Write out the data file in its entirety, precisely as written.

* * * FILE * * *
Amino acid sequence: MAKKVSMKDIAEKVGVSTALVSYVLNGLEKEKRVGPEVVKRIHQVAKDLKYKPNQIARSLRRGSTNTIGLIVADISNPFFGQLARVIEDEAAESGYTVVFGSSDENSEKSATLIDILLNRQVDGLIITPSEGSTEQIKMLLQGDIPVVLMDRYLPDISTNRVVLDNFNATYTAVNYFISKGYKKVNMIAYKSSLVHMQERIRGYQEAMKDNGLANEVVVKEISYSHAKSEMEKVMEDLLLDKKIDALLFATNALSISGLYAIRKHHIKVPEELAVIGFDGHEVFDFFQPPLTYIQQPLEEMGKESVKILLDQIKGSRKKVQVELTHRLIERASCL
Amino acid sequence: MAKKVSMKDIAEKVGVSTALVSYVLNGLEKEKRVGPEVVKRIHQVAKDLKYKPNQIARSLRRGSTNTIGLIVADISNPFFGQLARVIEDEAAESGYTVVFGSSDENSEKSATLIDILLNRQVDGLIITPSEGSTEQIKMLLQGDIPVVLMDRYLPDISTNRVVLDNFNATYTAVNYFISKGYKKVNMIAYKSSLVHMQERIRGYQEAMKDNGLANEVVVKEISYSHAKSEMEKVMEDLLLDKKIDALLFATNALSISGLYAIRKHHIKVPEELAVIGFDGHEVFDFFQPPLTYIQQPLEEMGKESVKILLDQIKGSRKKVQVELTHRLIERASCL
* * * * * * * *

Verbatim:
Amino acid sequence: MAKKVSMKDIAEKVGVSTALVSYVLNGLEKEKRVGPEVVKRIHQVAKDLKYKPNQIARSLRRGSTNTIGLIVADISNPFFGQLARVIEDEAAESGYTVVFGSSDENSEKSATLIDILLNRQVDGLIITPSEGSTEQIKMLLQGDIPVVLMDRYLPDISTNRVVLDNFNATYTAVNYFISKGYKKVNMIAYKSSLVHMQERIRGYQEAMKDNGLANEVVVKEISYSHAKSEMEKVMEDLLLDKKIDALLFATNALSISGLYAIRKHHIKVPEELAVIGFDGHEVFDFFQPPLTYIQQPLEEMGKESVKILLDQIKGSRKKVQVELTHRLIERASCL
Amino acid sequence: MAKKVSMKDIAEKVGVSTALVSYVLNGLEKEKRVGPEVVKRIHQVAKDLKYKPNQIARSLRRGSTNTIGLIVADISNPFFGQLARVIEDEAAESGYTVVFGSSDENSEKSATLIDILLNRQVDGLIITPSEGSTEQIKMLLQGDIPVVLMDRYLPDISTNRVVLDNFNATYTAVNYFISKGYKKVNMIAYKSSLVHMQERIRGYQEAMKDNGLANEVVVKEISYSHAKSEMEKVMEDLLLDKKIDALLFATNALSISGLYAIRKHHIKVPEELAVIGFDGHEVFDFFQPPLTYIQQPLEEMGKESVKILLDQIKGSRKKVQVELTHRLIERASCL